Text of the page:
An Experimental Study on the Capillary Tube Flow and its Effect on the Acoustic Behavior of Household Refrigerators
Fluid borne noise, fluctuating noise, capillary tube, expansion noise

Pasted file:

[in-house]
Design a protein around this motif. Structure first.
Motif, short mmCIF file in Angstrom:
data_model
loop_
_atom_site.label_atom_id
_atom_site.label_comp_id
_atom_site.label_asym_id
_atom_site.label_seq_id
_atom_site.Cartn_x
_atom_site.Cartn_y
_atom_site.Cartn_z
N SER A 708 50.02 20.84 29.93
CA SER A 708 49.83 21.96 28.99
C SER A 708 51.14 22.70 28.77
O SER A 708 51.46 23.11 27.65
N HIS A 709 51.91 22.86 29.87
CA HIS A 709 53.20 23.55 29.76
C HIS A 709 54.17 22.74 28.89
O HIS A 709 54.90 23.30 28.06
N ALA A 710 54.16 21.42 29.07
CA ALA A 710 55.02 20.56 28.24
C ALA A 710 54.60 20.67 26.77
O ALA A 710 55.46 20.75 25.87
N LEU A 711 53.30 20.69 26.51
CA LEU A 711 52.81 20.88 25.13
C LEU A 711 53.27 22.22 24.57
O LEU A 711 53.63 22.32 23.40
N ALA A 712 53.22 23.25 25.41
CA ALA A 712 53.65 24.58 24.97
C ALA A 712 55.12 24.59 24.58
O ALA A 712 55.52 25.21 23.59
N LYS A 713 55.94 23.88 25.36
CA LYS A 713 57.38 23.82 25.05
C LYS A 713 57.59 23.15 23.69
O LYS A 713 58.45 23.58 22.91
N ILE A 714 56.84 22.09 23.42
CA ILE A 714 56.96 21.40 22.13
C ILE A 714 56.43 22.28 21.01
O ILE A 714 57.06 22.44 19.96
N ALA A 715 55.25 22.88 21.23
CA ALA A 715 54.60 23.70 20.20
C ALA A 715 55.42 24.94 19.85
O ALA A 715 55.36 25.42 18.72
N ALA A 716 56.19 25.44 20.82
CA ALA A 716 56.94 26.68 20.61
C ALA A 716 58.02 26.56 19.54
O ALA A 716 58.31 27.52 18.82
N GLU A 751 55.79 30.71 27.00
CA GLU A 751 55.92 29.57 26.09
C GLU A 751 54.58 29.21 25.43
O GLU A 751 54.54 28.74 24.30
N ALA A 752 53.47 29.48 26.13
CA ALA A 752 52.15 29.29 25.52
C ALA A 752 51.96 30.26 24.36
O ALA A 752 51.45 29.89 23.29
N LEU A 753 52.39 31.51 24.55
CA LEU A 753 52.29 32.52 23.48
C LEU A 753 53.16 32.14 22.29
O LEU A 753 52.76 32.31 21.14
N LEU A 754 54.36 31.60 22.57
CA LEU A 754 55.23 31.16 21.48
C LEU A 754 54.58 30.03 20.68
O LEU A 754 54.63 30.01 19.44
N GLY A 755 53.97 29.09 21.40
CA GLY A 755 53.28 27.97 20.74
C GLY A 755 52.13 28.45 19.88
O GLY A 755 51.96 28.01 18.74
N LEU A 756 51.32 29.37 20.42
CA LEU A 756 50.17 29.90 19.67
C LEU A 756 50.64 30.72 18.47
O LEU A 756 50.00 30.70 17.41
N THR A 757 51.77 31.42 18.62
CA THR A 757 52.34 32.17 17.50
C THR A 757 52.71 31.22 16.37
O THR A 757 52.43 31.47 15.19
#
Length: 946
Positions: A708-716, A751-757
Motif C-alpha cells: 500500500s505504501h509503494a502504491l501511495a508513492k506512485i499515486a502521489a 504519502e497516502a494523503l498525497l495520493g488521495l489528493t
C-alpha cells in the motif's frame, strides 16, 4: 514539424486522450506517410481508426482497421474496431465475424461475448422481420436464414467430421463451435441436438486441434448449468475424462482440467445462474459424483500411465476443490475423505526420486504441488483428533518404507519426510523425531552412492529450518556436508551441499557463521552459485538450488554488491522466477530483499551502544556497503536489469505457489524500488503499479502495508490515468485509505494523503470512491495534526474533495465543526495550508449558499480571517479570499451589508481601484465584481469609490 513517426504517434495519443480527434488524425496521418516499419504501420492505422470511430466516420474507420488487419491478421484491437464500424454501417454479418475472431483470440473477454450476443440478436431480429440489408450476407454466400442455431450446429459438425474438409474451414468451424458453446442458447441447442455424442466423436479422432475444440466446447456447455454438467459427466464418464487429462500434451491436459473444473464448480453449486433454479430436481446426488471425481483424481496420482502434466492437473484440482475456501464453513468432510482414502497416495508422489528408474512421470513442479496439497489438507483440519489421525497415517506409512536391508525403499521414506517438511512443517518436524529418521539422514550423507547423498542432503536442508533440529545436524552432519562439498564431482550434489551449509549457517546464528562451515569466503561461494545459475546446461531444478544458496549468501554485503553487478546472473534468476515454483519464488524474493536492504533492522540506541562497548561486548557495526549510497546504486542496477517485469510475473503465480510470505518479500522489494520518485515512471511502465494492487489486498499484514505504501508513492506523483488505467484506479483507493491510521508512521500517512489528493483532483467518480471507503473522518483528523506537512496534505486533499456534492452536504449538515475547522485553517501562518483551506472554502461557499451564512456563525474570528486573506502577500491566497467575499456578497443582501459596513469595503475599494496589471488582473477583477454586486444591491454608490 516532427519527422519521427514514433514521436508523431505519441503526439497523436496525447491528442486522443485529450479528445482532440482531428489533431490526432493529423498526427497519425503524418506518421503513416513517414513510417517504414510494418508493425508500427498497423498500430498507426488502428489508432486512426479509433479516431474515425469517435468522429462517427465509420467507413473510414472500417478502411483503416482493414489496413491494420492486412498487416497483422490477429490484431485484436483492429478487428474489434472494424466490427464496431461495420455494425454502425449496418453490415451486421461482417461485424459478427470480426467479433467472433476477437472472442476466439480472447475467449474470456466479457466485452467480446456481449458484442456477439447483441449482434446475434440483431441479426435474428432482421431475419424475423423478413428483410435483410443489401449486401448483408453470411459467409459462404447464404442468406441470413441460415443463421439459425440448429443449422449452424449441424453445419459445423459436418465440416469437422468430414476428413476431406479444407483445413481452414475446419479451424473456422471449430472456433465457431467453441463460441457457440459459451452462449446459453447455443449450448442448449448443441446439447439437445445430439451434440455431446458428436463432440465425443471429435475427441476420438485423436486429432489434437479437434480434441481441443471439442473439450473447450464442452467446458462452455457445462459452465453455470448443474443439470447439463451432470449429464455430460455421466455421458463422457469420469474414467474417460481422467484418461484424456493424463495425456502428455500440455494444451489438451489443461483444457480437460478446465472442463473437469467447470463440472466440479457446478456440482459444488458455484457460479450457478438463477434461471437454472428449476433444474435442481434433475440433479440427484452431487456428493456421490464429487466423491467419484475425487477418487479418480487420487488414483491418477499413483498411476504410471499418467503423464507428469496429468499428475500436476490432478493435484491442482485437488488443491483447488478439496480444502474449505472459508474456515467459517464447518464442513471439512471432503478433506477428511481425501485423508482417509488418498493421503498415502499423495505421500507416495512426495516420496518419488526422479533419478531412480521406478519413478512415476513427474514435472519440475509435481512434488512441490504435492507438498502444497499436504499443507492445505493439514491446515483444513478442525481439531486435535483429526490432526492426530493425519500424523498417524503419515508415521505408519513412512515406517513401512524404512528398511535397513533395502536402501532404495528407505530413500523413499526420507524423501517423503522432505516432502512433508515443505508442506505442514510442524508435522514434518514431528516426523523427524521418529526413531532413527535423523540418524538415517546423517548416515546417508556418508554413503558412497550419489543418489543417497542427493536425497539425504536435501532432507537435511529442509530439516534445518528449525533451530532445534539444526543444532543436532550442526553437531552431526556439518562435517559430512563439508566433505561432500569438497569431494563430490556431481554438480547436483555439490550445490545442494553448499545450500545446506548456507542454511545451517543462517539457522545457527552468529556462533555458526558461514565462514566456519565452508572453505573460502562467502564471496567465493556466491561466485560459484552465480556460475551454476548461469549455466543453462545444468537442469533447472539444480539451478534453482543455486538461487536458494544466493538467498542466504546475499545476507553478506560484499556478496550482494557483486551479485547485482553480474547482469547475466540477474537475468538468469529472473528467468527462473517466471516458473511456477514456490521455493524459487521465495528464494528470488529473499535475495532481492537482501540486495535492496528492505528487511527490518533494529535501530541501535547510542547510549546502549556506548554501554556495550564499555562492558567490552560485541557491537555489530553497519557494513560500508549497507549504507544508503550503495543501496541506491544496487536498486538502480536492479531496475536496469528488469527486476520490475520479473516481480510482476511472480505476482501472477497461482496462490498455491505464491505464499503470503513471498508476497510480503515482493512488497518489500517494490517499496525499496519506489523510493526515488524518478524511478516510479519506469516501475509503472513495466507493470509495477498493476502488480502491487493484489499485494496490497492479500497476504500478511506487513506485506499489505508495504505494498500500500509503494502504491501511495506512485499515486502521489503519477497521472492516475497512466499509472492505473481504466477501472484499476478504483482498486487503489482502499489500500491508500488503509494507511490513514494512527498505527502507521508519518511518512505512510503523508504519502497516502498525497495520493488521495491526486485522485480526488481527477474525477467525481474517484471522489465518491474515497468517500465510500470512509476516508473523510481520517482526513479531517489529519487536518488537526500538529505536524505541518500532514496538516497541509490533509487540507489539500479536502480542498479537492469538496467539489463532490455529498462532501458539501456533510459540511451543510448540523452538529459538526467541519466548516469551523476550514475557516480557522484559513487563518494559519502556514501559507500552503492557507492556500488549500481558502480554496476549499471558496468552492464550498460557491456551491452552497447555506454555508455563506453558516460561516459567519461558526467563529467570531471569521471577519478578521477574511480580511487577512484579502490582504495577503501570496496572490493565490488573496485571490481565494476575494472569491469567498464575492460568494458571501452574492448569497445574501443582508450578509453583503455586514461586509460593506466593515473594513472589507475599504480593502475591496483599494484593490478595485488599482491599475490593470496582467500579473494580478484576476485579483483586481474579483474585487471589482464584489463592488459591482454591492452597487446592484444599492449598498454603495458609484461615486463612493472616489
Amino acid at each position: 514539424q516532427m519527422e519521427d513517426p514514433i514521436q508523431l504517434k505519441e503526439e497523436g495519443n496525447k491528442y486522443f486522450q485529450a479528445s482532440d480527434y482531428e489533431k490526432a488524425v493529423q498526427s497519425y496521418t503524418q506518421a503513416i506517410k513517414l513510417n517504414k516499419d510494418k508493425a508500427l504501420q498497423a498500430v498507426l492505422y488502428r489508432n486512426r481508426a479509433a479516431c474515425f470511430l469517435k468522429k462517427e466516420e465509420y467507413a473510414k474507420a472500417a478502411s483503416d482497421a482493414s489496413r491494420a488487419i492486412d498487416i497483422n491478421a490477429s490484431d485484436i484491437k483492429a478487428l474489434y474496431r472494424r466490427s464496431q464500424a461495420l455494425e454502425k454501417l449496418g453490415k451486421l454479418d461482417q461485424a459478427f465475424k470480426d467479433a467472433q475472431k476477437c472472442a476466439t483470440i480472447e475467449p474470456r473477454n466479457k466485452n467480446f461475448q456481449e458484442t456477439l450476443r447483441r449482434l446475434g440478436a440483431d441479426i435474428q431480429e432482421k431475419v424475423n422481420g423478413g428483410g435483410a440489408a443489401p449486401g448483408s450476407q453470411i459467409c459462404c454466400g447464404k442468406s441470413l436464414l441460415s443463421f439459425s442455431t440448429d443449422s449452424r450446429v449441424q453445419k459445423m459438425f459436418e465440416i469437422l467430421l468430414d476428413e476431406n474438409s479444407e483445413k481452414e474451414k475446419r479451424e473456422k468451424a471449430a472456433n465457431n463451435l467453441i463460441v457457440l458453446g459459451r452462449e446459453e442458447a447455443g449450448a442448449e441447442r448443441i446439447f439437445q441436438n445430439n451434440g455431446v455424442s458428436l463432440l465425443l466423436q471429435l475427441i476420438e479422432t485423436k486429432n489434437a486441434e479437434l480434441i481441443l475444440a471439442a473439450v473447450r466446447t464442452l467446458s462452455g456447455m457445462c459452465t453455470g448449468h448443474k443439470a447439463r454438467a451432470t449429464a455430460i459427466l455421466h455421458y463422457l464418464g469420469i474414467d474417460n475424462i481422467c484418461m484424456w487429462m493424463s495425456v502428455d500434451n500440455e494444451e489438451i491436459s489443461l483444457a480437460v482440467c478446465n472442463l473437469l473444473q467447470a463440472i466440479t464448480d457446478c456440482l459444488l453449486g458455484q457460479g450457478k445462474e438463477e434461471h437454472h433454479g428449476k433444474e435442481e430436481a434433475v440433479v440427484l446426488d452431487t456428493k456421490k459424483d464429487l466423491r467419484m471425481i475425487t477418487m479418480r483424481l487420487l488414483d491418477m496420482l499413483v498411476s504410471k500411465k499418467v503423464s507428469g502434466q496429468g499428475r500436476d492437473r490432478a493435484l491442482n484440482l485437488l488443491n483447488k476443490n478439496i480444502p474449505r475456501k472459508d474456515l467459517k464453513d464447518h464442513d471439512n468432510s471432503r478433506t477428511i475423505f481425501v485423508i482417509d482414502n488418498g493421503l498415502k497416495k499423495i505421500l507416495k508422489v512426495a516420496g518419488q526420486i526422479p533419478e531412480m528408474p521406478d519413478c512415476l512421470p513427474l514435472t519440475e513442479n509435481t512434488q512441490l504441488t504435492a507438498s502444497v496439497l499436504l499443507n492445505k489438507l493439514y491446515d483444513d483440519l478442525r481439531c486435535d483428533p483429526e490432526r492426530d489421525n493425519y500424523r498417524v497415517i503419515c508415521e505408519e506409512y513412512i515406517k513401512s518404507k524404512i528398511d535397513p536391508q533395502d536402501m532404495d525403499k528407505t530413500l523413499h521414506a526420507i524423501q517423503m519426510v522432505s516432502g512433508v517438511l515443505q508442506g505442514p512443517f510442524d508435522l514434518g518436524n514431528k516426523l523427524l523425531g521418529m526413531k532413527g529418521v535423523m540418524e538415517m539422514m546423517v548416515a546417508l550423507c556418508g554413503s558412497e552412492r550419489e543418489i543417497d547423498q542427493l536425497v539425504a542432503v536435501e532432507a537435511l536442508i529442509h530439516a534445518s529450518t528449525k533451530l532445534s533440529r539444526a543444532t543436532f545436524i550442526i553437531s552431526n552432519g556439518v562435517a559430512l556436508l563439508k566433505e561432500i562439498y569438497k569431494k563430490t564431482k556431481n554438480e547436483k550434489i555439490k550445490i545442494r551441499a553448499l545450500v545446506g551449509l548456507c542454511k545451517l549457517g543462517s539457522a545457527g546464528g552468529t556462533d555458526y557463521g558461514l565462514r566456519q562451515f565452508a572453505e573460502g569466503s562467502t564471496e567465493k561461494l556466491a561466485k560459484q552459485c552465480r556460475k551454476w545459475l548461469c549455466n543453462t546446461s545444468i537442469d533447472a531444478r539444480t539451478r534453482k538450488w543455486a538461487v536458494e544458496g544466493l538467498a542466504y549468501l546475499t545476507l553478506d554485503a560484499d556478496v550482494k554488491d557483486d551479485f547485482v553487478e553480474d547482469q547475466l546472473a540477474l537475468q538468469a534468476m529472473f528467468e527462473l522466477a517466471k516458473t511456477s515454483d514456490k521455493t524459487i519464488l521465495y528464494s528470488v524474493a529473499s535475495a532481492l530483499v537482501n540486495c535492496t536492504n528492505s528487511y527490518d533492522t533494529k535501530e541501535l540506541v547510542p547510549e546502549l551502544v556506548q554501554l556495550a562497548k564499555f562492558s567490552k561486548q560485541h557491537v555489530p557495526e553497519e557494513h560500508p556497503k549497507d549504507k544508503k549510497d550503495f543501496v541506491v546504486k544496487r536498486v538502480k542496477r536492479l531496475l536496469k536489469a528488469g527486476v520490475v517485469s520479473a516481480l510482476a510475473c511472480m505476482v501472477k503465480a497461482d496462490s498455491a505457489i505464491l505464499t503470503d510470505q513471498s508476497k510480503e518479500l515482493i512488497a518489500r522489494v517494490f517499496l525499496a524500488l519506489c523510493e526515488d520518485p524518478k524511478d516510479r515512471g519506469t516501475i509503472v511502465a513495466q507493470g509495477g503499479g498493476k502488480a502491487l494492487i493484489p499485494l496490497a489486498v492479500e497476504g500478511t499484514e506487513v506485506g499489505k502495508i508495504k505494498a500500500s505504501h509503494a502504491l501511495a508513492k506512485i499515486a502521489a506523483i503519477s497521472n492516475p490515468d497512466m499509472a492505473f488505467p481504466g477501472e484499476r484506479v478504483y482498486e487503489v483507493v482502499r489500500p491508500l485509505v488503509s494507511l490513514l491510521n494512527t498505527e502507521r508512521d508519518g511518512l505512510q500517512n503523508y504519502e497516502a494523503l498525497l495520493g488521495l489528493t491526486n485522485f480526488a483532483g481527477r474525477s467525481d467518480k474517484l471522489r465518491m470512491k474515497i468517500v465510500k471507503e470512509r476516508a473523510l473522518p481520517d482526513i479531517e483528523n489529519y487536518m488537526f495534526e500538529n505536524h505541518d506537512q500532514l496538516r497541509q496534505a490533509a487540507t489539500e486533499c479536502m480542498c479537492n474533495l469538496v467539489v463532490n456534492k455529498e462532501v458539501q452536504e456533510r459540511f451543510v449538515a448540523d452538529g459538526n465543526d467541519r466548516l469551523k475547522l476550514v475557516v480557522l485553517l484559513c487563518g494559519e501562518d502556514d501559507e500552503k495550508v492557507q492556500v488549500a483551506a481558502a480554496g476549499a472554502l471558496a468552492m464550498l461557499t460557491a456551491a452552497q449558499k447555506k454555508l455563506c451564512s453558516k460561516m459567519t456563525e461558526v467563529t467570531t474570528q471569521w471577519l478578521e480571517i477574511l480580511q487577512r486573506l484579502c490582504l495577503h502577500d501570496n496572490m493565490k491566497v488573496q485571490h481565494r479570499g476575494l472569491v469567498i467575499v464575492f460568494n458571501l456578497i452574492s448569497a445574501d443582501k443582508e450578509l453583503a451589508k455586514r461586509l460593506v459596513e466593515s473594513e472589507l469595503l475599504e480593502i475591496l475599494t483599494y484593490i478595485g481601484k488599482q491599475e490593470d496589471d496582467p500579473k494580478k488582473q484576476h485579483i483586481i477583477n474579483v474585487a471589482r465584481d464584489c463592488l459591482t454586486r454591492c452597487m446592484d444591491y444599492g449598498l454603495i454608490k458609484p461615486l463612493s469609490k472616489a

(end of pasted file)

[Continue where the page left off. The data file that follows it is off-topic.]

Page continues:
Since the beginning of the “artificial” refrigeration era, a great deal of effort has been applied on the development of high efficient systems. The efforts were primarily focused on the compressor, bringing its efficiency to record-high values. Simultaneously, the compressor noise was brought down to almost inaudible levels. As a consequence, sources of noise that were previously unnoticeable became audible and started to play a major role among refrigerator manufacturers. One of those new sources of noise, generally known as fluid borne noise, is now a growing field of interest in engineering. The aim of this work is to study the relationship between the capillary tube flow and the acoustic behavior of household refrigerators by investigating a particular type of fluid borne noise that only occurs during the freezer mode of dual-evaporator appliances, known as fluctuating noise. To this end a household refrigerator was carefully instrumented and firstly tested in a reverberant chamber. Very heavy sound power level oscillations were found, even with the system in thermodynamic steady-state conditions. Acceleration measurements were also taken at the inlet pipe of the evaporator showing that the refrigerant flow in that region is highly pulsating, i.e., that the refrigerant flow pattern at the discharge of the capillary tube is not steady, in contrast to the indications of the thermodynamic readings. Visualizations studies of the flow pattern at the inlet of the capillary tube were also carried out, showing the presence of vapor bubbles – caused by an unbalance between the compressor and capillary tube mass flow rates – for most of the time. A needle valve was then installed in series with the freezer capillary tube in order to increase restriction and match the compressor and the capillary tube mass flow rates. The restriction provided by the optimum pair needle valve-capillary tube was converted into an equivalent I.D. capillary tube. The original freezer capillary tube was replaced by a same length smaller I.D. capillary tube, and another appliance tests were carried out. It was found that the higher restriction capillary tube attenuate the pulsating characteristic of the refrigerant flow, almost averting the disturbing fluctuating noise.